After just one year as Oklahoma's secondary threat, Willie Warren's name started popping up on first-team All-America lists and among preseason player of the year candidates.
It was no mistake.
Warren was the No. 2 threat last season … behind Blake Griffin, the NBA's top draft pick. Warren was a likely first-round pick himself last summer, oozing with scoring potential before he decided to stick around for another season.
Partly because of his return, the Sooners were ranked No. 17 in the AP preseason Top 25.
But Warren and his teammates needed time. Like Arizona, its opponent in tonight's Big 12/Pac-10 Hardwood Series matchup, Oklahoma (4-3) is retooling its offense around returning players forced into new roles and new players needed to contribute immediately.
The Sooners lost twice at the Great Alaska Shootout last month, to San Diego and Houston. Earlier, VCU handed coach Jeff Capel a loss in his return to the school he rode to coaching fame. Oklahoma had Warren and two McDonald's All-American freshmen in center Tiny Gallon and guard Tommy Mason-Griffin, but it did not have chemistry.
"We still have high expectations," Capel said. "We always have high expectations. But some of those outside expectations at the beginning were a little too much.
"I understood them - anytime you have a guy like Willie coming back and the recruiting class we had come in, that's going to happen. But the recruiting class is a question mark. You never understand how quickly those guys are going to adjust."
Capel also said he didn't think people realized what the Sooners lost in Taylor Griffin, Blake's brother, and point guard Austin Johnson.
Same with Warren.
Johnson "was a floor general in the sense that he always knows what to do," Warren said. "Blake was a huge presence."
This season, Warren is the presence whom defenses are watching, and the adjustment hasn't been easy. Warren is averaging 19.2 points a game but shooting just 22.2 percent from three-point range and grabbing only 3.0 rebounds a game.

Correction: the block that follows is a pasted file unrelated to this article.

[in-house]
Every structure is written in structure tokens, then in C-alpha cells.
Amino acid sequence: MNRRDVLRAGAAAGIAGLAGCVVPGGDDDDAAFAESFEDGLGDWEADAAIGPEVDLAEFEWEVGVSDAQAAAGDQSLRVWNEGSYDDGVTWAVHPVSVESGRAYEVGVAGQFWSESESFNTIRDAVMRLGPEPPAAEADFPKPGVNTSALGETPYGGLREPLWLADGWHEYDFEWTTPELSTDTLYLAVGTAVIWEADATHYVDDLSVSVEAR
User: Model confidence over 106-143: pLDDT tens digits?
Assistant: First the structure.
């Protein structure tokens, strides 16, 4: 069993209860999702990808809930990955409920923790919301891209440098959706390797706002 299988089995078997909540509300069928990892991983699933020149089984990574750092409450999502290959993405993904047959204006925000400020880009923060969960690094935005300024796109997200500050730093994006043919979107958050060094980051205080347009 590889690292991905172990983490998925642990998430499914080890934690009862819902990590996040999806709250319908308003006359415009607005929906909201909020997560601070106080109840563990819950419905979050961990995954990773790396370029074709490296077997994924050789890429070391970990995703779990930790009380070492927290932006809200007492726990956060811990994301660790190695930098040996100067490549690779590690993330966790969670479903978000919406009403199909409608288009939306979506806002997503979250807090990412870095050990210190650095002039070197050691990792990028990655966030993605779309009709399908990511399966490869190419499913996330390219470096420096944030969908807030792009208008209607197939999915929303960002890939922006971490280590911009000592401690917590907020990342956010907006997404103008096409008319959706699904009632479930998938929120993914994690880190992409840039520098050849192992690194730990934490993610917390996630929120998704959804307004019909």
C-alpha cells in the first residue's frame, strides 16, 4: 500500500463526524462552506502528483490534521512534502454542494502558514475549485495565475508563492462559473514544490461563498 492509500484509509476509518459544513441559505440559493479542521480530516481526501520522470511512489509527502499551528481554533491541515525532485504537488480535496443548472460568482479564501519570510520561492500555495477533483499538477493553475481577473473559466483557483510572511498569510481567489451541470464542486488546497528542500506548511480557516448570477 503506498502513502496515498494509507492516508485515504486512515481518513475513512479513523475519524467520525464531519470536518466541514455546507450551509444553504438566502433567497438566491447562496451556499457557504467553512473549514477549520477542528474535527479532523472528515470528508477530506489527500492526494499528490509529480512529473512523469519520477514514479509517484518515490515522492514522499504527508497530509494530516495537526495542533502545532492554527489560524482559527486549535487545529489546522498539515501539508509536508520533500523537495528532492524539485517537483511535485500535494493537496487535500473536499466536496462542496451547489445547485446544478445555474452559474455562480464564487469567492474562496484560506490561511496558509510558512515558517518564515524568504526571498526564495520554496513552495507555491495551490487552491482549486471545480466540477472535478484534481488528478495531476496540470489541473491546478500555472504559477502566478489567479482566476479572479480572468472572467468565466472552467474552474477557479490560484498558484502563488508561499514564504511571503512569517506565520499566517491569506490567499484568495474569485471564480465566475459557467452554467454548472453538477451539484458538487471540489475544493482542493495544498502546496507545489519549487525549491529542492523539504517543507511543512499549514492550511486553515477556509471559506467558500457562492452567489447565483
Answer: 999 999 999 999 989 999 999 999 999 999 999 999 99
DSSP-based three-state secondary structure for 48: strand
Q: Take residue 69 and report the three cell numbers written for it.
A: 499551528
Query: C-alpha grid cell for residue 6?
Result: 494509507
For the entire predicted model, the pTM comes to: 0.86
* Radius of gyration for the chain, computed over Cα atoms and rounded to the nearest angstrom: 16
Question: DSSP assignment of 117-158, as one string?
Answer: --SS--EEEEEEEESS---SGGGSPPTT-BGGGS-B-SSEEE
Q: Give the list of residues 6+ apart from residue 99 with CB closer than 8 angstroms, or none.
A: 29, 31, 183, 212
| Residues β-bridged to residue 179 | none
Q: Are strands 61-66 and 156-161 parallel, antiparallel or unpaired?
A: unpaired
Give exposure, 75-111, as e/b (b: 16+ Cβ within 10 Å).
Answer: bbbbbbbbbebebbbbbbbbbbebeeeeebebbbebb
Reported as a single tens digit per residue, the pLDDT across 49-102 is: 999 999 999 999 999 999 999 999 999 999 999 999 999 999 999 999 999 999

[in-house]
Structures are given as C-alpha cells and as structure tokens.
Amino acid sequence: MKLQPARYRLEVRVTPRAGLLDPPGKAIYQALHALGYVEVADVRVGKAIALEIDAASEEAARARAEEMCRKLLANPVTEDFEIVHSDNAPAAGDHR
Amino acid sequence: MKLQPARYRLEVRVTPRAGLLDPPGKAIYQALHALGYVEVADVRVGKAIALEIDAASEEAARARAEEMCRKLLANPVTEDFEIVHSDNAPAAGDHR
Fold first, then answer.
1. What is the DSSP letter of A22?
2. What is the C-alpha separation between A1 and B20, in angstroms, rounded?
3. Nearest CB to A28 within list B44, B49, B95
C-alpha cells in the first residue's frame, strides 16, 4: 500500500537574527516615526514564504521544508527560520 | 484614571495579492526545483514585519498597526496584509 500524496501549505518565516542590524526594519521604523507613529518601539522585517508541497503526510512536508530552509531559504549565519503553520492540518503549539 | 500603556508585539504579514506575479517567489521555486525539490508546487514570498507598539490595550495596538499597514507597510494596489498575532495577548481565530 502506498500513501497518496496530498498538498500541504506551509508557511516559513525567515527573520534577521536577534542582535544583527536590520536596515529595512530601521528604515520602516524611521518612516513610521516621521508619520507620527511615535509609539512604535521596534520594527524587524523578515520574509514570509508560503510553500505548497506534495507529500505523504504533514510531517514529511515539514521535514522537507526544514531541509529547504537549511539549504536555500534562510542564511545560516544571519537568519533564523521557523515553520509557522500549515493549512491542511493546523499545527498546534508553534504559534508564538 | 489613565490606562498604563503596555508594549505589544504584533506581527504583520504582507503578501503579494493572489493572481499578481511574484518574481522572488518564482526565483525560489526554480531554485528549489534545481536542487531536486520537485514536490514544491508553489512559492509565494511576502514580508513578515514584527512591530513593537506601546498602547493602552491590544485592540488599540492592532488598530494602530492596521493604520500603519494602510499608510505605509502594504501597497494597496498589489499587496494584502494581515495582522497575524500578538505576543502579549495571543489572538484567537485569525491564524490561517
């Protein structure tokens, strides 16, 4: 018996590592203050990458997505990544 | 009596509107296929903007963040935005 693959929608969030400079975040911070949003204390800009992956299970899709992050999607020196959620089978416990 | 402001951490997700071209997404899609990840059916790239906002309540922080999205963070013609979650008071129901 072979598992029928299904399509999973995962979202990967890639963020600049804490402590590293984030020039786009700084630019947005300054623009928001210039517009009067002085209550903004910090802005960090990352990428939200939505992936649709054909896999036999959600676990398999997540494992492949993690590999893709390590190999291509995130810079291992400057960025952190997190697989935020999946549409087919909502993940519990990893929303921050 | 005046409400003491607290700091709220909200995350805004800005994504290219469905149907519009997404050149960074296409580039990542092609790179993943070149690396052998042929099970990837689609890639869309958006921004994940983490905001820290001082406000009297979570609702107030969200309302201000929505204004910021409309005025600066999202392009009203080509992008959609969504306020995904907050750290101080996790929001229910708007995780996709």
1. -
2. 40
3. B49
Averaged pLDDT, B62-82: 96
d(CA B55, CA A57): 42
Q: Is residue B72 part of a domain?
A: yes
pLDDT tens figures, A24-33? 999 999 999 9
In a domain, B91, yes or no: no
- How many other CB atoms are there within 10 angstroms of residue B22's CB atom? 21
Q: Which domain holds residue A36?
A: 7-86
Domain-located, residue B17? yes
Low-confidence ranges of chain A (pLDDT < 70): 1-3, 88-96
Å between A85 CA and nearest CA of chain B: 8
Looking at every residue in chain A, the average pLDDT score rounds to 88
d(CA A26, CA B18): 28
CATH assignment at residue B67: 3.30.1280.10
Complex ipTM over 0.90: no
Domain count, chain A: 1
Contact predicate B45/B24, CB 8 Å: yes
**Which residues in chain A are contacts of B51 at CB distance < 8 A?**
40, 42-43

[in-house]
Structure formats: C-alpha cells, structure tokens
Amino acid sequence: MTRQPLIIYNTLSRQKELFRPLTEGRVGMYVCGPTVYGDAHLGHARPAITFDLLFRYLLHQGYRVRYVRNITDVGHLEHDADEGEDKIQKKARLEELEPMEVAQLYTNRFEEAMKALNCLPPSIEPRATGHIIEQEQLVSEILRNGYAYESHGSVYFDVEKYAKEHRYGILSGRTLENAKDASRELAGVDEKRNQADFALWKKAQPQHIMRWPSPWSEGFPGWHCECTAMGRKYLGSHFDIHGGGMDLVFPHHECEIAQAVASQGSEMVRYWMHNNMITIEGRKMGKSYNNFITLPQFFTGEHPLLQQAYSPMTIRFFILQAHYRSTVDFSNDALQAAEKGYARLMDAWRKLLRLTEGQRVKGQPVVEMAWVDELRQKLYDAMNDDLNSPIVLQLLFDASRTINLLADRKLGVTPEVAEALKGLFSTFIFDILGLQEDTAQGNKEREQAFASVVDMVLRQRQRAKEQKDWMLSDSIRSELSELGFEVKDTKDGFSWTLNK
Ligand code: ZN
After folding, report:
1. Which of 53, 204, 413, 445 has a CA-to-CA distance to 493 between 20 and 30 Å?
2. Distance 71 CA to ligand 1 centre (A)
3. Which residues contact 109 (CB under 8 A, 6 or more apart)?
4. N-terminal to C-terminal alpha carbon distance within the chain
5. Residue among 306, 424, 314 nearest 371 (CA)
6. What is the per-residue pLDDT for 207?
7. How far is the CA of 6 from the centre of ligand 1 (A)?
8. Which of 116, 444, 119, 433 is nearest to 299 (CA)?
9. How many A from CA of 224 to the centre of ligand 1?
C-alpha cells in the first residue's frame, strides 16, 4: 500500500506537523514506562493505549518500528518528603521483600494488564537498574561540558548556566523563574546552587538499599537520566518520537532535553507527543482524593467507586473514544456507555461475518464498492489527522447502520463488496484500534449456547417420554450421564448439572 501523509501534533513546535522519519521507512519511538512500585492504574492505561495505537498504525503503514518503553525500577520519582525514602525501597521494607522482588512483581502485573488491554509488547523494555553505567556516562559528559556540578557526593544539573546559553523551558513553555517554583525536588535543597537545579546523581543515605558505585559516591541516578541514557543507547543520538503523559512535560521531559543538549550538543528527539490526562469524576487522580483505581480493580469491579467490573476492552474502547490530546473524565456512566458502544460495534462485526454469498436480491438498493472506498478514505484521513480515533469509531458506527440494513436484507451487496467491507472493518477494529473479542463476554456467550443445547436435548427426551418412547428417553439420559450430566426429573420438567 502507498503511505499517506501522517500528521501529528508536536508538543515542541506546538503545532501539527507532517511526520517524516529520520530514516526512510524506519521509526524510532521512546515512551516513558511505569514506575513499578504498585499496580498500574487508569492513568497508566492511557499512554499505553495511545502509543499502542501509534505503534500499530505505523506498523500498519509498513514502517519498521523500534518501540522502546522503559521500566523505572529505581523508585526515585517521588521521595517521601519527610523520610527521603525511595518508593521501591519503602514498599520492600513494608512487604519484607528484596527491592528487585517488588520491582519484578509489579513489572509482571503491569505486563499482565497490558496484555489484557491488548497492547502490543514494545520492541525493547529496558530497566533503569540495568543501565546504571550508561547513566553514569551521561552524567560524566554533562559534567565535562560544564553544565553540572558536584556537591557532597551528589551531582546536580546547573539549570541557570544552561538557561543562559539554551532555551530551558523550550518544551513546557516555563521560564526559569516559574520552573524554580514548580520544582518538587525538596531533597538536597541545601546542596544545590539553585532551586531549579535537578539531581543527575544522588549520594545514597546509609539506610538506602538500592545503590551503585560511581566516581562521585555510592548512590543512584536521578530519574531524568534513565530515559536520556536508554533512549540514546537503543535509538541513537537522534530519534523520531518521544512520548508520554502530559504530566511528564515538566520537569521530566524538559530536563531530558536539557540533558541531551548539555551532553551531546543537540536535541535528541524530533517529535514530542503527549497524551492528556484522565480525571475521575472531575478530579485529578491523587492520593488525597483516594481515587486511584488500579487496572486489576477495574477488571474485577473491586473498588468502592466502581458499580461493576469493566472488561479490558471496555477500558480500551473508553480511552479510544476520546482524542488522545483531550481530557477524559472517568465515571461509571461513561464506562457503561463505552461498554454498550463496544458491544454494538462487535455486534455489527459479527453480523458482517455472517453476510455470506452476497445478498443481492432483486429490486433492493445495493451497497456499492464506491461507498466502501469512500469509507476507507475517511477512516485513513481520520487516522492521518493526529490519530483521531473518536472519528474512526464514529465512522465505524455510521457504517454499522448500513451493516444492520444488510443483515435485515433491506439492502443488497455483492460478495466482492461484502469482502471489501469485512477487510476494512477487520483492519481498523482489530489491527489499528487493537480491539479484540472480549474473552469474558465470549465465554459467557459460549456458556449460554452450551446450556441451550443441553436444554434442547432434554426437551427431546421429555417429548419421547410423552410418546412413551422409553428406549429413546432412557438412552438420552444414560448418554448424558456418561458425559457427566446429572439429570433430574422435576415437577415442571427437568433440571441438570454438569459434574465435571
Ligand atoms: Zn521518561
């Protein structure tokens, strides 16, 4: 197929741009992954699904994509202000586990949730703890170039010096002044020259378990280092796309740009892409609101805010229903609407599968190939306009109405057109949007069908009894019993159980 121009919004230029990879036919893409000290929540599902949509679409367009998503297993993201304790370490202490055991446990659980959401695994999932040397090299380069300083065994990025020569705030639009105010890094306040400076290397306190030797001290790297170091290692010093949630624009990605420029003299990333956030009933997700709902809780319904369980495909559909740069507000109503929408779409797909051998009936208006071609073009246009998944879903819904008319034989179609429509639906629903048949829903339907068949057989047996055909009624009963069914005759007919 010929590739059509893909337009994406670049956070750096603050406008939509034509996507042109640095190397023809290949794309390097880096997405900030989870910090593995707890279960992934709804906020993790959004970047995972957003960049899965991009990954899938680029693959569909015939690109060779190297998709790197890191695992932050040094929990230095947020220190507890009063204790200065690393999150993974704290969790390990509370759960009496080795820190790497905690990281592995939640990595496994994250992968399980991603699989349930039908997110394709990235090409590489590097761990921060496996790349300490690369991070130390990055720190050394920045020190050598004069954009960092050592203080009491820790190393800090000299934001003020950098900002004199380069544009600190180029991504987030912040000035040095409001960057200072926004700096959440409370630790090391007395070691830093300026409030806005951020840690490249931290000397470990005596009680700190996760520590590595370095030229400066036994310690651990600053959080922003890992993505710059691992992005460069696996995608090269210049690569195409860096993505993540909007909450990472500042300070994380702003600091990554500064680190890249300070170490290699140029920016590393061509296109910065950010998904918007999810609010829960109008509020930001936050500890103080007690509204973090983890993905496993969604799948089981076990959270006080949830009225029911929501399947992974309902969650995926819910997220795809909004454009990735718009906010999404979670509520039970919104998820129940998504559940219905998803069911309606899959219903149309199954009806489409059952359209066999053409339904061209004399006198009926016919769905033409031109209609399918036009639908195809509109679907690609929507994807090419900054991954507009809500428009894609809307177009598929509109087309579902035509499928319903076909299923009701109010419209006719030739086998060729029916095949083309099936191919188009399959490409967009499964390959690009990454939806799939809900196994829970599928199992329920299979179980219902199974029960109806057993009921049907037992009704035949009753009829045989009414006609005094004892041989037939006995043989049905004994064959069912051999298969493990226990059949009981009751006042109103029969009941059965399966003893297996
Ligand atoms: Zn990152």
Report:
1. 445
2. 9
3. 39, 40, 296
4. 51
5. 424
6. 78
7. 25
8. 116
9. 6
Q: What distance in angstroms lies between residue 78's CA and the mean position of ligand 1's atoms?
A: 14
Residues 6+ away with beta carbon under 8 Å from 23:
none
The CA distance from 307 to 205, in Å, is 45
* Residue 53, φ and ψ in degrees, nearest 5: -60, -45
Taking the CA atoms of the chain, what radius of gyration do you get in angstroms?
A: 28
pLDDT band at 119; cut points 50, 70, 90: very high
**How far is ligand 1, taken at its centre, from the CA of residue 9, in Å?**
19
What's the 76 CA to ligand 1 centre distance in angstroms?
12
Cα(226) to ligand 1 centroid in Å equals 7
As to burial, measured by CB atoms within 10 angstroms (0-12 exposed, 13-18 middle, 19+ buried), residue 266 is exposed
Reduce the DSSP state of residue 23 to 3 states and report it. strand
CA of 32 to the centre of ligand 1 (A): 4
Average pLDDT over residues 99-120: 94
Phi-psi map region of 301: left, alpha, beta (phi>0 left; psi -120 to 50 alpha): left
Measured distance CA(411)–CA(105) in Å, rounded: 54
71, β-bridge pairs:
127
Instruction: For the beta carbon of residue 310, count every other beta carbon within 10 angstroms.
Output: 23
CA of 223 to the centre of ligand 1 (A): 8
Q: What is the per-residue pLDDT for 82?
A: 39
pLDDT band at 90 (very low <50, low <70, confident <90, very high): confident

"It's been a different thing" for Warren," Capel said. "Last year, you couldn't guard Blake one on one. So the rest of our guys were basically being guarded by three guys. That makes it easier for everyone."
After deferring at times early last year, Warren is also being asked to lead.
"You can't really prepare for leadership," Capel said. "You just have to be a leader on the fly. Willie had some great examples watching Blake and watching Taylor."
Warren's adjustment so far has included going 0 for 8 from three-point range in the loss at VCU, then scoring a total of 55 points in the Sooners' first two Great Alaska Shootout games, watching as Mason-Griffin and Gallon were kept out of the starting lineup against their hometown school, Houston, in the second game.
"Coach Capel, after that two-game losing streak (VCU and San Diego) was trying to do anything to get the team motivated," Warren said. "We have a lot of egos on our team and he was just showing he's going to limit it - if you're going to show up late for stuff, then you're not playing."
Then it was Warren's turn to suffer, as he was benched for the fifth-place game against Nicholls State in Anchorage. Warren said he was sick and missed a practice before the Nicholls State game, and Capel said his policy has been to keep out players who don't practice.
Finally, in Oklahoma's 67-47 win over Arkansas on Wednesday, it began to really come together. Defensively, the Sooners held the Razorbacks to just 37 percent shooting. Offensively, they had four players score in double figures, while versatile forward Tony Crocker had 16 rebounds.
Warren, meanwhile, took only four shots from the field but went to the free-throw line 11 times and dished four assists.
It's the kind of all-around effort the Sooners will continue to need.
"I have to be more of a leader this year and I'm still working on that," Warren said. "Against Arkansas, I got everybody involved. … It was the first step in being the new team we're talking about being."